Smell Tests Could One Day Reveal Head Trauma and Neurodegenerative Disease (Scientific American):
“Name that smell—if you can’t, it could be an indicator of a problem somewhere in your brain. New research suggests that scratch-and-sniff smell tests could become an easy and cheap way to detect signs of traumatic brain injury and neurodegenerative ailments.
Recent research found that a diminished sense of smell predicted frontal lobe damage in 231 soldiers who had suffered blast-related injuries on the battlefield…subjects with low scores on a smell test were three times as likely to show evidence of frontal lobe damage during brain imaging than those whose sense of smell was normal.
When the sense of smell is working properly, it acts as a matchmaker between odorant molecules in the air and memories stored in the brain. Those memories are not housed in a single place, Xydakis says, but extend across many regions. Because different smell signals have to take a variety of paths to reach their destinations, arranging their travel requires a lot of coordination. “This unique feature makes an individual’s ability to describe and verbally name an odor extremely challenging and cognitively demanding,” he says.”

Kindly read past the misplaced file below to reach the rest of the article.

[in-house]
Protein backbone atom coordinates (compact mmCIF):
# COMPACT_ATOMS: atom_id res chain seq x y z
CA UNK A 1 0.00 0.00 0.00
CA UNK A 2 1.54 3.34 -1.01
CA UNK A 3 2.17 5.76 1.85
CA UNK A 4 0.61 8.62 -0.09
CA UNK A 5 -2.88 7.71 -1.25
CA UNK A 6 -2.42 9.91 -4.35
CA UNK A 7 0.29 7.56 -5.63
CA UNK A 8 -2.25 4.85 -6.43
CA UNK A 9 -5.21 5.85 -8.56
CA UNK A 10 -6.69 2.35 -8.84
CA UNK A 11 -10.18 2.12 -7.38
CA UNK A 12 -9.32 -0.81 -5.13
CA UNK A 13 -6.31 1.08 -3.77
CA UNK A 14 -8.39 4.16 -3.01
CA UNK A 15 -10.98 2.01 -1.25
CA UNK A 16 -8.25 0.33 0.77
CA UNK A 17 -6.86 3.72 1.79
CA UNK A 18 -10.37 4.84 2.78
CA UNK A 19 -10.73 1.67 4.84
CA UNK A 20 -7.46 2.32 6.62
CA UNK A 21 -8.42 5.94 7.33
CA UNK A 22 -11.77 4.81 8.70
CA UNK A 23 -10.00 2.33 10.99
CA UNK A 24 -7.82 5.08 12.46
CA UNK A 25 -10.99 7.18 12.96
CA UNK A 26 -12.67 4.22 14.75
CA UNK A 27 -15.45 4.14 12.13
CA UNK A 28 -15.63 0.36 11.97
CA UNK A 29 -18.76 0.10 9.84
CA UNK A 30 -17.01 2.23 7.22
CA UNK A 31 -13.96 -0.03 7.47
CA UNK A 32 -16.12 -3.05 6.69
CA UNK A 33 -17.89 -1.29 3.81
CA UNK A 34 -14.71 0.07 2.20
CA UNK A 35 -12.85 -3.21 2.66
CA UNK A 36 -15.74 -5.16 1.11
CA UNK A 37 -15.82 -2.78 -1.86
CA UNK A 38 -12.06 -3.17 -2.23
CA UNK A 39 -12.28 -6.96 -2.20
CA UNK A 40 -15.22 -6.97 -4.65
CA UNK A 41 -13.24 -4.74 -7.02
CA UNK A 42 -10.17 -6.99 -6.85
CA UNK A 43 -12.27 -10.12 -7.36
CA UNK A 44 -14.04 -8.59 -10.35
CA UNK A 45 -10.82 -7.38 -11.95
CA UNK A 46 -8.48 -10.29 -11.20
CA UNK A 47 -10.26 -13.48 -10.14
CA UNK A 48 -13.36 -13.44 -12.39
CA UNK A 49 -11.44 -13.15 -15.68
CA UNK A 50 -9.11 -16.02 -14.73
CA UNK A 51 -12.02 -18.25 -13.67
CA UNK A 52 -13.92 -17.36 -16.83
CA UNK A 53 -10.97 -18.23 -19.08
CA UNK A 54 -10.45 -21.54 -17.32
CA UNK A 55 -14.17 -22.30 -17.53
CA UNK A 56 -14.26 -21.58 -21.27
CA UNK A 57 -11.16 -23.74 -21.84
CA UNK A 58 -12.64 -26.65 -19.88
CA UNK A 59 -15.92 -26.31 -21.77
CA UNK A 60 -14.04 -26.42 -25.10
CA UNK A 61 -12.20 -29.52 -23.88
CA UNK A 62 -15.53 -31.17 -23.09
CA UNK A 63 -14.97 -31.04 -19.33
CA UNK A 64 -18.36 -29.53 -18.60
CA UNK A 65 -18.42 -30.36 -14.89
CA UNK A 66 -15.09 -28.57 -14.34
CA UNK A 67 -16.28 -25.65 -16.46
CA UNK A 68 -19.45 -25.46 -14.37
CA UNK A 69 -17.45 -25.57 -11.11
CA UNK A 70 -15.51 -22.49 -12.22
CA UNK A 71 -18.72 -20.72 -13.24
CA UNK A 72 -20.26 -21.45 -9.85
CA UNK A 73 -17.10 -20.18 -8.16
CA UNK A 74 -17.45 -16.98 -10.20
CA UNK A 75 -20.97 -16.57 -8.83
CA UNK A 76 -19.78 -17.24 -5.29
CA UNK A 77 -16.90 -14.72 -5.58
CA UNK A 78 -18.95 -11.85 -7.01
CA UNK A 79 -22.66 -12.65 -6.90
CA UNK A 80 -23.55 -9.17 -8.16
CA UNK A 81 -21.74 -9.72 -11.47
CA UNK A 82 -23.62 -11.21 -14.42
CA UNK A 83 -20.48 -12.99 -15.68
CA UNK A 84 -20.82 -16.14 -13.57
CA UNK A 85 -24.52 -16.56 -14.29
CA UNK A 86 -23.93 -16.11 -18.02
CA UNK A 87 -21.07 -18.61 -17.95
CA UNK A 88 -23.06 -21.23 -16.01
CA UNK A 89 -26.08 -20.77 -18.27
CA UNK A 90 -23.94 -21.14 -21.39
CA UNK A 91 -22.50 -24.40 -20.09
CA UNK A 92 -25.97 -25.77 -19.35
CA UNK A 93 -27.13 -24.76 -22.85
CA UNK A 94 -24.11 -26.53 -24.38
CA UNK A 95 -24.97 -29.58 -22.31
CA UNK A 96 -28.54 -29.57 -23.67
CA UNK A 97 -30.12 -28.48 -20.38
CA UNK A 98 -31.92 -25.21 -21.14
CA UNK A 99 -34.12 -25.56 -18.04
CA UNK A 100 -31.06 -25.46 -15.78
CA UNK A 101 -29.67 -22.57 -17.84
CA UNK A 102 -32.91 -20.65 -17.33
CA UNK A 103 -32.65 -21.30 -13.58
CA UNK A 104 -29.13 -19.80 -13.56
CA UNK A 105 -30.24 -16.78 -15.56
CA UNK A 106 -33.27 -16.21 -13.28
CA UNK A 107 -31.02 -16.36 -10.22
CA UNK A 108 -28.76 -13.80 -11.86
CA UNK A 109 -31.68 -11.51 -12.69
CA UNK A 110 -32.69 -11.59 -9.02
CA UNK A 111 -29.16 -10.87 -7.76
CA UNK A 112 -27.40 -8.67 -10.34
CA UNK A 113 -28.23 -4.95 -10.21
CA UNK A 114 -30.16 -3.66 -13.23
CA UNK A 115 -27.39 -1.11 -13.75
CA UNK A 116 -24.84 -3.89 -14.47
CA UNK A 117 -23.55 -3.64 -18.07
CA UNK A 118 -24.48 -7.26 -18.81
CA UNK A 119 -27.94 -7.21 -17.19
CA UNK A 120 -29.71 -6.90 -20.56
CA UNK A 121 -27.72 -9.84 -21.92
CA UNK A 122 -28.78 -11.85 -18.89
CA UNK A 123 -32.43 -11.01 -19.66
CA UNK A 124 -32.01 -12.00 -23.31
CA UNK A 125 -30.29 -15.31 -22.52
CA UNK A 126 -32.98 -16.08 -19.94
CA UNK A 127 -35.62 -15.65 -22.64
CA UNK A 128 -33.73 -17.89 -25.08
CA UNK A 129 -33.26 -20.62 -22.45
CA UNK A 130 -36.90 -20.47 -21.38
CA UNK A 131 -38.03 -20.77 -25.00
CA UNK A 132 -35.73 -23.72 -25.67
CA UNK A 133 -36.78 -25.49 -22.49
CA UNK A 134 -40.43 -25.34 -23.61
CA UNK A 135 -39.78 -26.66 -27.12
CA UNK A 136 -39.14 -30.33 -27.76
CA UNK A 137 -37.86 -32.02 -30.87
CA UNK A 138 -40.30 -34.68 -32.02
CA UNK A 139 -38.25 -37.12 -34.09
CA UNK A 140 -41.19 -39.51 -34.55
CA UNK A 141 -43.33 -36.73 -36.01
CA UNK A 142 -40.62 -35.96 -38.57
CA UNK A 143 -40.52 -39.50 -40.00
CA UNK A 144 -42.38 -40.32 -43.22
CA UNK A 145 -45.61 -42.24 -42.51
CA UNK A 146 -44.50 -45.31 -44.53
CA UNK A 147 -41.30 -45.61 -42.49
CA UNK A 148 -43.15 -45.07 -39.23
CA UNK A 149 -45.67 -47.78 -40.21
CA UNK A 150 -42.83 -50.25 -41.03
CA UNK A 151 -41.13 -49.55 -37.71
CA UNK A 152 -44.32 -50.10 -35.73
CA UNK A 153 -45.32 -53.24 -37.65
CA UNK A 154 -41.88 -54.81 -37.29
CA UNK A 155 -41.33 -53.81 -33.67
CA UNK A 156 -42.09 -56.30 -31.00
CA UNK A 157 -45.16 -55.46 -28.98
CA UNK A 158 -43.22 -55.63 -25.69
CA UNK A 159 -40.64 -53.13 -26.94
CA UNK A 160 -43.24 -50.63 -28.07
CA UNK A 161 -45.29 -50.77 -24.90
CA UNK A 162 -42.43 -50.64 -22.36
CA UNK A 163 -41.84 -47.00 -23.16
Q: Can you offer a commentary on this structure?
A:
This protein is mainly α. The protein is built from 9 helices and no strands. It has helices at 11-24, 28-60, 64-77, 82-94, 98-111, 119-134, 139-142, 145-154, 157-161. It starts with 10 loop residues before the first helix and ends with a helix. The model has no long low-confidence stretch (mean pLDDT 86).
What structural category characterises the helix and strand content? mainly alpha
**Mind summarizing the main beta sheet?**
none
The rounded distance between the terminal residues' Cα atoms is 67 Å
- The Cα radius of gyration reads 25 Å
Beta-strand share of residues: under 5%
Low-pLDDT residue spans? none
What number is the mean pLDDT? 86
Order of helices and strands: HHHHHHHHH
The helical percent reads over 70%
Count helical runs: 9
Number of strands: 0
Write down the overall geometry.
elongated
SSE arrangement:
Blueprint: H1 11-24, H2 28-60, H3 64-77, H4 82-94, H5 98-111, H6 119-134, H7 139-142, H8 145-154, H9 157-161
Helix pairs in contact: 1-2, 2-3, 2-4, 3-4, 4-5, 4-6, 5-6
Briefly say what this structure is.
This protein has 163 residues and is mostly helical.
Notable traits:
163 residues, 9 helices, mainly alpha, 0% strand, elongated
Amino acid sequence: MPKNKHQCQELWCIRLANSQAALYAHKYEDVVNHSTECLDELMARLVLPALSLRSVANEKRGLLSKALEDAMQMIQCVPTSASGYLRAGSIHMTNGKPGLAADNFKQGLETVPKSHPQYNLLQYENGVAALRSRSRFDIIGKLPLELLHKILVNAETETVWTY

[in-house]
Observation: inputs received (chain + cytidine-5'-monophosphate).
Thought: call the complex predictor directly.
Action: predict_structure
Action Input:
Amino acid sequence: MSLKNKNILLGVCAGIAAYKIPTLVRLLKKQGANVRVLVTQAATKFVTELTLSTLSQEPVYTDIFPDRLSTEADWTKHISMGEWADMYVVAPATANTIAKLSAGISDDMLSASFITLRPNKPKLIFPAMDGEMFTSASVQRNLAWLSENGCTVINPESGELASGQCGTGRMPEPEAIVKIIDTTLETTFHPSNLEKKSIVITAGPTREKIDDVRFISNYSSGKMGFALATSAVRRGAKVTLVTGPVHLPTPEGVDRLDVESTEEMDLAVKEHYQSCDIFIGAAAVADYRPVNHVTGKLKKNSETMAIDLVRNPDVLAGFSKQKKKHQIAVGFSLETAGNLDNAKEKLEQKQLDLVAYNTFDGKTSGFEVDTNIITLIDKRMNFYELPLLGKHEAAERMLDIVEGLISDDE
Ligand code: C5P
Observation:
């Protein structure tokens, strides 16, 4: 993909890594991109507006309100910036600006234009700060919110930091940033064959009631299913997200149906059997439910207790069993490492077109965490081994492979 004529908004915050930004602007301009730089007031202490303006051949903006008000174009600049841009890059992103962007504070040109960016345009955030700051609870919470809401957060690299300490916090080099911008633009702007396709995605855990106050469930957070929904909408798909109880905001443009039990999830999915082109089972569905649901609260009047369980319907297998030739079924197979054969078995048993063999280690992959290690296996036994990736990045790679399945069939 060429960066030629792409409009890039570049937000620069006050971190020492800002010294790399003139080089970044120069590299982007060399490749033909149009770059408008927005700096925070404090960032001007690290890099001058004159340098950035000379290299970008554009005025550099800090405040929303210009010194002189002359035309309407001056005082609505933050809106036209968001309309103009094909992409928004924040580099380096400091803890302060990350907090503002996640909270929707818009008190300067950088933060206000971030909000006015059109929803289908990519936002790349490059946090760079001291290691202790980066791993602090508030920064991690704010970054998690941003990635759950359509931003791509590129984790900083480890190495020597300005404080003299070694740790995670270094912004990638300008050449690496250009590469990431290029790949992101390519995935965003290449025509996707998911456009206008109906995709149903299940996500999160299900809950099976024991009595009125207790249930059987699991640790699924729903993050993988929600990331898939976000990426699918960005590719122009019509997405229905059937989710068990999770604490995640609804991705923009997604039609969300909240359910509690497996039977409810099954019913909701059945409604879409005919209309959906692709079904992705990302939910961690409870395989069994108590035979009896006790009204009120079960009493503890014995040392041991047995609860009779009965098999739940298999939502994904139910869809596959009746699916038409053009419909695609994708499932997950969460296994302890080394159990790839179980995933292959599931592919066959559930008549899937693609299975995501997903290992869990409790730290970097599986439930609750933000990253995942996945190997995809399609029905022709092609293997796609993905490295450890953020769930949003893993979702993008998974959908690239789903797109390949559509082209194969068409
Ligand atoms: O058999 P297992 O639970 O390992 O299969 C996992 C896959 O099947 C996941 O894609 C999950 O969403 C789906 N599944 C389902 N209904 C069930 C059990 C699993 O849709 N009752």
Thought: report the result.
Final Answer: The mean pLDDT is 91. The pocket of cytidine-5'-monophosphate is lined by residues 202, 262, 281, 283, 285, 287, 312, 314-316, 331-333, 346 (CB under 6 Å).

Study: Olfactory impairment and traumatic brain injury in blast-injured combat troops (Neurology). From the abstract:
- Objective: To determine whether a structured and quantitative assessment of differential olfactory
performance—recognized between a blast-injured traumatic brain injury (TBI) group and a
demographically comparable blast-injured control group—can serve as a reliable antecedent
marker for preclinical detection of intracranial neurotrauma.
- Results: Olfactometric score predicted abnormal neuroimaging significantly better than chance
alone…Troops with radiographic evidence of frontal lobe injuries were 3 times more likely to have olfactory impairment than troops with injuries to other brain regions
- Conclusion: Quantitative identification olfactometry has limited sensitivity but high specificity as
a marker for detecting acute structural neuropathology from trauma. When considering whether
to order advanced neuroimaging, a functional disturbance with central olfactory impairment
should be regarded as an important tool to inform the decision process.